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How to build a search bar in React

emma profile image Emma Goto πŸ™ Originally published at emgoto.com on ・6 min read

A search bar is a great way to make content on your website discoverable. In this tutorial, we’ll be building an accessible search bar component using React. We’ll also be adding a couple of unit tests with React Testing Library.

Here's our final product:

The source code for this tutorial is available at react-search-bar.

Render your search bar component in the app

To get started, create a new file for your search component. I've called mine search.js:

// src/search.js
const Search = () => {
    return <div>Hello world!</div>
}

export default Search;
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Then, render this component from inside of your main app file:

// src/App.js
import Search from './search';

const App = () => {
    return (
        <Search />
    );
}

export default App;
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πŸ’‘ Where did import React from 'react' go?

You may notice that we no longer have an import statement at the top of every file. From the release of React 17, this is no longer necessary. (Yay!) If you happen to be on an older version, you may still need this import statement.

Add your HTML elements

Our search bar component will contain a couple of HTML elements. Add a label, input and button, and then wrap it all in a form element:

// src/search.js
const SearchBar = () => (
    <form action="/" method="get">
        <label htmlFor="header-search">
            <span className="visually-hidden">Search blog posts</span>
        </label>
        <input
            type="text"
            id="header-search"
            placeholder="Search blog posts"
            name="s" 
        />
        <button type="submit">Search</button>
    </form>
);

export default SearchBar;
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This will render like this:

Accessibility and labels

You might be wondering why we are doubling up on the label and placeholder text.

This is because placeholders aren’t accessible. By adding a label, we can tell screen reader users what the input field is for.

We can hide our label using a visually-hidden CSS class:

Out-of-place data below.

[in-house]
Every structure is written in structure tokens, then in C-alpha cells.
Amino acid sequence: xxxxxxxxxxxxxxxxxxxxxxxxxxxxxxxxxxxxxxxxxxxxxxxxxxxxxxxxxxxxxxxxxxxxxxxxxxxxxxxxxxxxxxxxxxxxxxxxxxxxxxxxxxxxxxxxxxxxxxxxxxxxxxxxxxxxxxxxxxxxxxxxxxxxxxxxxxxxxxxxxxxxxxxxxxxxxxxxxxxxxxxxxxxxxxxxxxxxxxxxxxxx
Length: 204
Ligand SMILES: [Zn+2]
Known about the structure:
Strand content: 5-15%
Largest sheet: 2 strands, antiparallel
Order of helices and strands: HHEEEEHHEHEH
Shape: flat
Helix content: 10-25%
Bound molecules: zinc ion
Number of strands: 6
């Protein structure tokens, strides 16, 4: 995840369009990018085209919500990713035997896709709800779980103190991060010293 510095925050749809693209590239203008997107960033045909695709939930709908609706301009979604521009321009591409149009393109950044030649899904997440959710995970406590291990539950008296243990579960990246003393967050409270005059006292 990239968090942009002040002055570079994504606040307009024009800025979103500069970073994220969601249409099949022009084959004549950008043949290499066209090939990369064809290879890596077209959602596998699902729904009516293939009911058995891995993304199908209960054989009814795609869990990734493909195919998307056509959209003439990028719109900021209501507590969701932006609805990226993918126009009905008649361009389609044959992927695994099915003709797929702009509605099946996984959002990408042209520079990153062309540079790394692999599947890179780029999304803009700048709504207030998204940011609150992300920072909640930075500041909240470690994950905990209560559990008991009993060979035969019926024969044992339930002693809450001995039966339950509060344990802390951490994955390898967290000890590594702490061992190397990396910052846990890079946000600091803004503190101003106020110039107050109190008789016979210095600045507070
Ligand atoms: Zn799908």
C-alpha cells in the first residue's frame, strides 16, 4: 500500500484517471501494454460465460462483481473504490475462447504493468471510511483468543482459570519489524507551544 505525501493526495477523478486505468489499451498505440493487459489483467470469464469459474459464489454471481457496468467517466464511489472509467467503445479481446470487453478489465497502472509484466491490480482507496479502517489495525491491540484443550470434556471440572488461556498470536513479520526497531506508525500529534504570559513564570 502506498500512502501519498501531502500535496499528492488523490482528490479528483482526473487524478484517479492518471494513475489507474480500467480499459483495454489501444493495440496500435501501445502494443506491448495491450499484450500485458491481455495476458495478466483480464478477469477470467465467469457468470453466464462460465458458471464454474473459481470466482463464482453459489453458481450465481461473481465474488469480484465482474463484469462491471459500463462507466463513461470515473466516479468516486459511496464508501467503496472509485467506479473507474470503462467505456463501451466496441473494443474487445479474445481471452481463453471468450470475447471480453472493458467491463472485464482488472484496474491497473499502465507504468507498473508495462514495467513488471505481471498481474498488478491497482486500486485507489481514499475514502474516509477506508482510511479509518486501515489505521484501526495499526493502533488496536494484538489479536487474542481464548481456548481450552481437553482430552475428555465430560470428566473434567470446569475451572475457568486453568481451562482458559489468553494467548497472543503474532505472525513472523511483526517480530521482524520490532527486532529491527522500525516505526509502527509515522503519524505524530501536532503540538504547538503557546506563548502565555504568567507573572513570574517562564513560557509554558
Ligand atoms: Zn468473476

// src/App.css 
.visually-hidden {
    clip: rect(0 0 0 0);
    clip-path: inset(50%);
    height: 1px;
    overflow: hidden;
    position: absolute;
    white-space: nowrap;
    width: 1px;
}
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This keeps it visible to screen reader users, but invisible to everyone else.

Now we have a functioning search bar! When you search, you will navigate to /?s=<your_query_here>.

Add a list of posts

Now that we can search, we’ll need a list of items to search from. I've created a list of fake posts:

const posts = [
    { id: '1', name: 'This first post is about React' },
    { id: '2', name: 'This next post is about Preact' },
    { id: '3', name: 'We have yet another React post!' },
    { id: '4', name: 'This is the fourth and final post' },
];
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Use the map function to loop through and render them:

// src/App.js
const App = () => {
    return (
        <div>
            <Search />
            <ul>
                {posts.map((post) => (
                    <li key={post.id}>{post.name}</li>
                ))}
            </ul>
        </div>
    );
}
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Filter the list based on your search query

Our search bar will navigate us to a new URL when we perform a search. We can grab this value from the URL:

const { search } = window.location;
const query = new URLSearchParams(search).get('s');
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We’ll also need a function that filters out posts depending on the search query. If the list you’re querying over is simple, you can write your own:

const filterPosts = (posts, query) => {
    if (!query) {
        return posts;
    }

    return posts.filter((post) => {
        const postName = post.name.toLowerCase();
        return postName.includes(query);
    });
};
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You can also rely on third-party search libraries like js-search to filter posts for you.

Using your search query and filter function, you can render the posts that match your search:

// src/App.js
const App = () => {
    const { search } = window.location;
    const query = new URLSearchParams(search).get('s');
    const filteredPosts = filterPosts(posts, query);

    return (
        <div>
            <Search />
            <ul>
                {filteredPosts.map(post => (
                    <li key={post.key}>{post.name}</li>
                ))}
            </ul>
        </div>
    );
}
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Now when you type in a query, you will be able to filter your posts!

Adding immediate search or β€œsearch as you type”

Instead of pressing enter to submit your search, you may also want the list to filter as the user begins typing. This immediate response can be more pleasant from a user-experience perspective.

To add this feature, you can store a searchQuery value in your component’s state, and change this value as the user begins typing:

// src/App.js
import { useState } from 'react';

function App() {
    const { search } = window.location;
    const query = new URLSearchParams(search).get('s');
    const [searchQuery, setSearchQuery] = useState(query || '');
    const filteredPosts = filterPosts(posts, searchQuery);